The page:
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Top 5 Boater Safety Tips

Each year as the weather starts to warm up, many head to the water to enjoy a day of fishing, swimming, waterskiing, or kayaking, and if you live in Florida, warm weather tends to stick around longer offering the option to enjoy boating year-round.

Unfortunately, a lot of times, boater safety tends to take a back seat. Over 5,000 boating accidents occur yearly in the United States, causing roughly $62.5 million in damages, and the lack of boating safety education accounts for about 75% of fatal accidents.

The good news is that the majority of these accidents are completely preventable if you spend a little time reviewing a few simple safety precautions before you head out on the water. In this blog, we have put together the top five boater safety tips every boater should know.


Overhead shot of a boat driving in the water

Always Be Prepared

One of the first tips to consider when it comes to boating is that you can never be too prepared. Before you boat, its important to understand what is safe and legal in the area you are boating in. Most states require some type of boating safety certification or even a boating license. If you choose to rent a boat from our marina, all boat operators between the ages of 21 and 28 must have a Boater Safety Certificate.

You should also perform a pre-boarding safety check that includes:

  • Gas levels, engine oil, and fluid checks
  • Make sure you have the proper documentation for the boat onboard
  • Make sure you have updated life jackets, a fire extinguisher, extra batteries, maps, flares, first aid kit, and operable boat lights
  • Create a float plan of where you are going and who is with you and give to a friend or family member not in attendance in case of emergencies
  • Get a free Vessel Safety Check


Don’t Forget Your Life Jacket

The U.S. Coast Guard estimates that simply wearing a life jacket could have saved the lives of more than 80% of boating fatality victims. The state of Florida requires all vessels to carry one USCG-approved wearable life jacket for each person aboard, and all children 6 and under are required to wear one at all times.

In addition, boats that are 16 feet and longer are also required to have a type IV throwable device on board. Make sure to check all of your life jackets each year, and double check that all children are wearing an appropriate life jacket size for their weight range.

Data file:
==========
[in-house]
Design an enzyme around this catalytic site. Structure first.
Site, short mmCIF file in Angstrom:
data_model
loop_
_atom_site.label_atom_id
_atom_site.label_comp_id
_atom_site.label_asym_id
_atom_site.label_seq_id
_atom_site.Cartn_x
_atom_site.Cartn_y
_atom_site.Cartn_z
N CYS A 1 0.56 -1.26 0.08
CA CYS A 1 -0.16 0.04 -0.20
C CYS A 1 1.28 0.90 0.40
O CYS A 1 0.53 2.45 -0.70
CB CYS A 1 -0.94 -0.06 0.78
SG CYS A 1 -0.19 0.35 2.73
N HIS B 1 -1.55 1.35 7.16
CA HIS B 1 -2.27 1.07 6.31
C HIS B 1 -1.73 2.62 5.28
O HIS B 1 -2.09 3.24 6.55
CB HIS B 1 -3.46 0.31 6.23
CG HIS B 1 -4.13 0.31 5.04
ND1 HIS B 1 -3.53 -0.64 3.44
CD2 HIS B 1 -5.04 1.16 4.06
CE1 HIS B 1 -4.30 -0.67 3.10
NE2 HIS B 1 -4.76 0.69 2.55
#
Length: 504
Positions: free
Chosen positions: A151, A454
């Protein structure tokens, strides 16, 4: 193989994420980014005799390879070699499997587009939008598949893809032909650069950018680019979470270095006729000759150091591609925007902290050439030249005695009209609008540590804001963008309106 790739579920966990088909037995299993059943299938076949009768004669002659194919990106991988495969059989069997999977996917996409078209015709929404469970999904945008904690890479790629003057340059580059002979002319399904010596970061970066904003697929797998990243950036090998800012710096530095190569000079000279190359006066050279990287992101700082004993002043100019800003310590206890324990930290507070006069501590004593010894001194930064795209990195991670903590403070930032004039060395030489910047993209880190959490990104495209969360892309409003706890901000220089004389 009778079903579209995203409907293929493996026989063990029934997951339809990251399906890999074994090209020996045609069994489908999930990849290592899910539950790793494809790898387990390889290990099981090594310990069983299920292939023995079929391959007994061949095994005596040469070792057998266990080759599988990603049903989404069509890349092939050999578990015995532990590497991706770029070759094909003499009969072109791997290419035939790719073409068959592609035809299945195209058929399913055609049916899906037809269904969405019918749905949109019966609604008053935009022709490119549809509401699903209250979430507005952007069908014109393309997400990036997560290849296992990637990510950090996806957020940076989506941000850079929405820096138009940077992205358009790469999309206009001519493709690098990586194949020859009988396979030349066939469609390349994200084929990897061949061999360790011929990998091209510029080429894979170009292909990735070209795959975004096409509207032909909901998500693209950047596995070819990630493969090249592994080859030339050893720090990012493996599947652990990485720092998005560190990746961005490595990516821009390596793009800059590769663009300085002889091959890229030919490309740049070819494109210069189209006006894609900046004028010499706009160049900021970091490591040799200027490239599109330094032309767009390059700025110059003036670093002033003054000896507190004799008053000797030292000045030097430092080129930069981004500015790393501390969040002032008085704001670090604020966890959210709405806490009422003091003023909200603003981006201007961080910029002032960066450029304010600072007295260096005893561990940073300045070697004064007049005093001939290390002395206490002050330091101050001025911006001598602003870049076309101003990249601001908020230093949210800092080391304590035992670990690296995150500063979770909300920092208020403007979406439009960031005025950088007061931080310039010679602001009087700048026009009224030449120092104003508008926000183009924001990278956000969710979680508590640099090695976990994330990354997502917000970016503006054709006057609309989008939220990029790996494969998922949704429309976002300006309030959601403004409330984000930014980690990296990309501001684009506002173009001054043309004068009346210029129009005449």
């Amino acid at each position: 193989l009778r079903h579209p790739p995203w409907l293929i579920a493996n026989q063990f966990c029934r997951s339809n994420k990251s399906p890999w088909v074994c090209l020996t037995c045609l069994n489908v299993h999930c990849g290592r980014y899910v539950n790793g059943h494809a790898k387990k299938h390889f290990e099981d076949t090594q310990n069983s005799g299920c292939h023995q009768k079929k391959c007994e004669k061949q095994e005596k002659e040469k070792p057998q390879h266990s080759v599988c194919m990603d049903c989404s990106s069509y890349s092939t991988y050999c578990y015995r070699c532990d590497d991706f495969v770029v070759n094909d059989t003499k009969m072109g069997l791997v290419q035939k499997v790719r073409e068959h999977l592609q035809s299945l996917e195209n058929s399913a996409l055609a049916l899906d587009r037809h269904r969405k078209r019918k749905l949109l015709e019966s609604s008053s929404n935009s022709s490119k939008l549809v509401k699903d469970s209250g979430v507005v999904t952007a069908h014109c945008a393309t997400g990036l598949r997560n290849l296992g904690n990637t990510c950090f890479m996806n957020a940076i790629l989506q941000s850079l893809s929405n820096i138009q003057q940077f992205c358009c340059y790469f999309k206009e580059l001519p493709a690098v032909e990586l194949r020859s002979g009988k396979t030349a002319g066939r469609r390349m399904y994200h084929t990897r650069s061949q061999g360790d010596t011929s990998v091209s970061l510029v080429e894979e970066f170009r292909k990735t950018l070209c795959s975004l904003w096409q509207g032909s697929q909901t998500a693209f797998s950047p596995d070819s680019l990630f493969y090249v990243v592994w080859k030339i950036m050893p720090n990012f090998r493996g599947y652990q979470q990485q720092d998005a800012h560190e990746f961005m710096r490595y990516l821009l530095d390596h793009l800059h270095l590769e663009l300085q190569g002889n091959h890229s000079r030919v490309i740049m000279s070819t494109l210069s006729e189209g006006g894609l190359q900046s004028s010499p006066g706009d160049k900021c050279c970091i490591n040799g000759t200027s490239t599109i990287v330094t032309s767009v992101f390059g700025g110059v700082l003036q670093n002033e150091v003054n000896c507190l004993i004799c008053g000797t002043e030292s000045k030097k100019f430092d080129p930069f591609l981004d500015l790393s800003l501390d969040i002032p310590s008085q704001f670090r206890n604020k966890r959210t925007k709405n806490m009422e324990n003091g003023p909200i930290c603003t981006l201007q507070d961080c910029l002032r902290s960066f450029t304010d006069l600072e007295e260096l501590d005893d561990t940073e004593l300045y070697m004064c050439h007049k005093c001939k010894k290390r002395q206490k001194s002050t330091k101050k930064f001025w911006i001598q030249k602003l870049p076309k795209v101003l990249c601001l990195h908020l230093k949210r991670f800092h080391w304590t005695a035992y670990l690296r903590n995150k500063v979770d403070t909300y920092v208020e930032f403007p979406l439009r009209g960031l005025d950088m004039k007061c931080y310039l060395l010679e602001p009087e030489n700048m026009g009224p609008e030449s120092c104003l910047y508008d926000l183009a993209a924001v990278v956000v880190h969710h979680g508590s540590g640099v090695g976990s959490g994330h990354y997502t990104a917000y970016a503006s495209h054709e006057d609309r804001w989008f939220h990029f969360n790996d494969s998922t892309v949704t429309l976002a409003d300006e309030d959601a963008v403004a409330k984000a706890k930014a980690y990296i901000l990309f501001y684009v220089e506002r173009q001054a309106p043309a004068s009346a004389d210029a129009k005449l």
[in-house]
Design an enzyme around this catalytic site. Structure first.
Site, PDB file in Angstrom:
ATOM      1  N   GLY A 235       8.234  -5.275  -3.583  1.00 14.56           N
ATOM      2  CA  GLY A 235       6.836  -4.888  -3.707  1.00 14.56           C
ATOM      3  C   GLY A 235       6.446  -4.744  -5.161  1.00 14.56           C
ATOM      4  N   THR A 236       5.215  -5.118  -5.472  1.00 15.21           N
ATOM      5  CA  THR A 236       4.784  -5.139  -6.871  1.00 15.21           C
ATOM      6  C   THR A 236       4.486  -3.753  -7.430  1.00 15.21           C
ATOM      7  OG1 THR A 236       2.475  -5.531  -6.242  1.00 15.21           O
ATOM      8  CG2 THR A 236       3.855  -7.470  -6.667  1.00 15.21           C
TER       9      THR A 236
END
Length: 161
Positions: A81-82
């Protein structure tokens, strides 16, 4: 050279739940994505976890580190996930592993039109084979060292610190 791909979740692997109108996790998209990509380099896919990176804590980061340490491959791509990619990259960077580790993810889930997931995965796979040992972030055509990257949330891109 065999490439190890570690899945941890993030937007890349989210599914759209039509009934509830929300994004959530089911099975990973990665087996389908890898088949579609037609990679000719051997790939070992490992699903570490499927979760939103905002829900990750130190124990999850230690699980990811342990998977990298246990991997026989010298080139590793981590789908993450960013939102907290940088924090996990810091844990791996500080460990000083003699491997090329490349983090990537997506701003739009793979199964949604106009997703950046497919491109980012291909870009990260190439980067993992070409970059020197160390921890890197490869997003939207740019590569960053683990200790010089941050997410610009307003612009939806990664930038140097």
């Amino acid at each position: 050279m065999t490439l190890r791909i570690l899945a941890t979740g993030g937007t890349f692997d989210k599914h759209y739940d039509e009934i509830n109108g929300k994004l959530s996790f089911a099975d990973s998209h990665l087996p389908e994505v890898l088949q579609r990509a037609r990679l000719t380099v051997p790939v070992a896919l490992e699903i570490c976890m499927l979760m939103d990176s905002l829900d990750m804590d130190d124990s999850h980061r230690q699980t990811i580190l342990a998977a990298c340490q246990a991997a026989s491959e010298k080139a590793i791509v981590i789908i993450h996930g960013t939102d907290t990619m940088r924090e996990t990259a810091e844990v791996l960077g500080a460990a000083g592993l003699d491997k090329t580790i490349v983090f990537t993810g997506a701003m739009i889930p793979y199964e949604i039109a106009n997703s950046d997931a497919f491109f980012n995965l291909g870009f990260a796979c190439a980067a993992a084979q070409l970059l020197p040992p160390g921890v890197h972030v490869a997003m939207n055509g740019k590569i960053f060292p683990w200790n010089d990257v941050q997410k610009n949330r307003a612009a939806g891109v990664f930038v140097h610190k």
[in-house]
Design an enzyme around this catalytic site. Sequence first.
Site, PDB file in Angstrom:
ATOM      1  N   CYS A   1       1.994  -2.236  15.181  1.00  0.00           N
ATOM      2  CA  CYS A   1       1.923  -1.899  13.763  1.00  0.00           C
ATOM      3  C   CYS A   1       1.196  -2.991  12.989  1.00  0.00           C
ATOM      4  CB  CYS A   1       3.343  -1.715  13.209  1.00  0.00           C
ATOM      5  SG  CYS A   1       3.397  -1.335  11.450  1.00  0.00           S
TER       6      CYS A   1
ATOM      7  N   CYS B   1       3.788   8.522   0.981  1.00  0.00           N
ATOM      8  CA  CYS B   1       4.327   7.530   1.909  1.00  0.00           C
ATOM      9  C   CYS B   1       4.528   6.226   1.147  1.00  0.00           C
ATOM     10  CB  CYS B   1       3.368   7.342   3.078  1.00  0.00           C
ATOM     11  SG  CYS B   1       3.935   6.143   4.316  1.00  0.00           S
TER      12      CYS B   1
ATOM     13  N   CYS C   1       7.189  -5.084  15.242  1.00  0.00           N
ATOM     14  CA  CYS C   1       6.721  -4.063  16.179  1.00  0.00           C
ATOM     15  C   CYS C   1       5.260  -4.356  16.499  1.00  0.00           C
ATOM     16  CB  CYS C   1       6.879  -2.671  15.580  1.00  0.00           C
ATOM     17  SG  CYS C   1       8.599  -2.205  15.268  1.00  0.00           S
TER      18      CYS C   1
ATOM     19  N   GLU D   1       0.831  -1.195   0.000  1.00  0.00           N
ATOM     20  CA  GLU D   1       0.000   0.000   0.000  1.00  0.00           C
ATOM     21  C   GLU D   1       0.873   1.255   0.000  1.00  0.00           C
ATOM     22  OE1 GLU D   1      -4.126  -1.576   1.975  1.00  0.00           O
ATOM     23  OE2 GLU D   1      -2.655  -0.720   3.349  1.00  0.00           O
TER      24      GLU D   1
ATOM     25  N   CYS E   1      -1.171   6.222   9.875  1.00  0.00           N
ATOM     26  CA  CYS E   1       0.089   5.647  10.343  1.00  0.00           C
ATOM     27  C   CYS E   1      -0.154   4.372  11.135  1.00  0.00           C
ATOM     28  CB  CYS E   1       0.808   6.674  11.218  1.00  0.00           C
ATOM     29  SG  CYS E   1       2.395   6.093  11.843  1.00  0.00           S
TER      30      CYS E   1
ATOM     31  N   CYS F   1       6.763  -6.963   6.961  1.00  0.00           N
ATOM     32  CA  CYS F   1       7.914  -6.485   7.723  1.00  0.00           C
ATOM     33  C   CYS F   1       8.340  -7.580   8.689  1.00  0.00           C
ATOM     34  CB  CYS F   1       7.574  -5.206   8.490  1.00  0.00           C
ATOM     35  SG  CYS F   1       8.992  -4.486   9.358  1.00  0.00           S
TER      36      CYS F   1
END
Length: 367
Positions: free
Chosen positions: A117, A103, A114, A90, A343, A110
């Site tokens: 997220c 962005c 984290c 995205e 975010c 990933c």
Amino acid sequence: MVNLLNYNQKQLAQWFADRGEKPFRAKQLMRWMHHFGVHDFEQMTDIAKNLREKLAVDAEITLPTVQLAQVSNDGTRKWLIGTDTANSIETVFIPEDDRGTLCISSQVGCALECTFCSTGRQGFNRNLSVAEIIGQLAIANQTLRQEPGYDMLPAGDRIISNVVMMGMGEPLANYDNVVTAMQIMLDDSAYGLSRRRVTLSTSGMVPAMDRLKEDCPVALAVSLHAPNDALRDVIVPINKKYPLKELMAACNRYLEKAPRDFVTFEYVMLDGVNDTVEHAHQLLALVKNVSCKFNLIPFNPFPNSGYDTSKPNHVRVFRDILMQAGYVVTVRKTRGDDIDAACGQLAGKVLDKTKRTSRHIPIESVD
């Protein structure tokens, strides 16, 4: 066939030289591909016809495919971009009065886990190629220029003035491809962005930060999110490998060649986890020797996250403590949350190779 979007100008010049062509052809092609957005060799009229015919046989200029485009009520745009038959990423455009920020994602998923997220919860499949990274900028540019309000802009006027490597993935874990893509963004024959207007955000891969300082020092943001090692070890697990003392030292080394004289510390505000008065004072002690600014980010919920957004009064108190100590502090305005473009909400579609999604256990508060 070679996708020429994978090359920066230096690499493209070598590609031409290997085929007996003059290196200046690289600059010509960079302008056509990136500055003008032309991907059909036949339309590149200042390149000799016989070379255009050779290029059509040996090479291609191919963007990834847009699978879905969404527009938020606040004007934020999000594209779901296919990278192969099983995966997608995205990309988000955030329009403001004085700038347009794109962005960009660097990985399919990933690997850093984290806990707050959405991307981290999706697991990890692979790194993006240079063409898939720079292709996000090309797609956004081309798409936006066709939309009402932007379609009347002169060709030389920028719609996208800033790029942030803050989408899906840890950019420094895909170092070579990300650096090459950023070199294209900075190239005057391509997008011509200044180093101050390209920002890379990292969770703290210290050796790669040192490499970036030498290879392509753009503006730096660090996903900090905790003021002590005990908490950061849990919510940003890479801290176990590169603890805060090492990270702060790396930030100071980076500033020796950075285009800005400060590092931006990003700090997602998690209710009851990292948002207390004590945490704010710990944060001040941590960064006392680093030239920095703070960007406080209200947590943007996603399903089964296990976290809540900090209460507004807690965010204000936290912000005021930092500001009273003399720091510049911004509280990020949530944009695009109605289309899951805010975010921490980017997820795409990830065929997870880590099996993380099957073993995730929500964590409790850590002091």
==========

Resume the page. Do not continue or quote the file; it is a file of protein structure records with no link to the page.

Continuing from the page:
Don’t Mix Alcohol and Boating

Drinking and boating can be just as dangerous as drinking and driving, but it’s found that many boat operators are much more casual about drinking a few while driving a boat. Keep in mind that operating a boat under the influence of alcohol (BUI) is illegal in all 50 states and most of the time is a federal crime. Drinking and boating is very similar to drinking and driving, with the legal limit for operating a boat at .08% BAL. Reaching this limit doesn’t take much, and most of the time you will feel the effects of alcohol much sooner if you are dehydrated while spending a day out in the hot sun.


Pay Attention to the Weather

Before you even set foot in a boat, you should always check the local weather, especially in Florida where afternoon storms fire up really quickly. Always be aware that weather can change rapidly, so keep an eye out for sudden wind shifts, dark skies, lightning in the distance or choppy water, and have a plan to get off the water as soon as possible.

If for some reason you find yourself stuck in unfavorable weather, it might be best to stay out on the open water if your return to shore is unsafe. Make sure to head the bow into the waves at a 45-degree angle and watch out for other boaters or debris.


Be Mindful of your Boat’s Propellers

Your boat’s propellers can cause some serious harm to those in your boat or anyone in the water. To avoid propeller injuries, make sure all passengers are accounted for before starting your engine.

Additionally, make sure to check the water around the boat as well. Make sure to watch children carefully and if possible, have them sit in an area away from the propellers. Shut off your engine immediately when approaching anyone in the water or if anyone falls overboard. Pay attention to swimming zones and no-wake zones as well.

Many times, if you keep the above boater safety tips in mind and review them each time before you boat, you can be well on your way to enjoying a safe and relaxing day on the water. Our crew at the Steinhatchee Marina will always make sure you are ready and prepared before you leave the dock. We look forward to assisting you with your next boating adventure!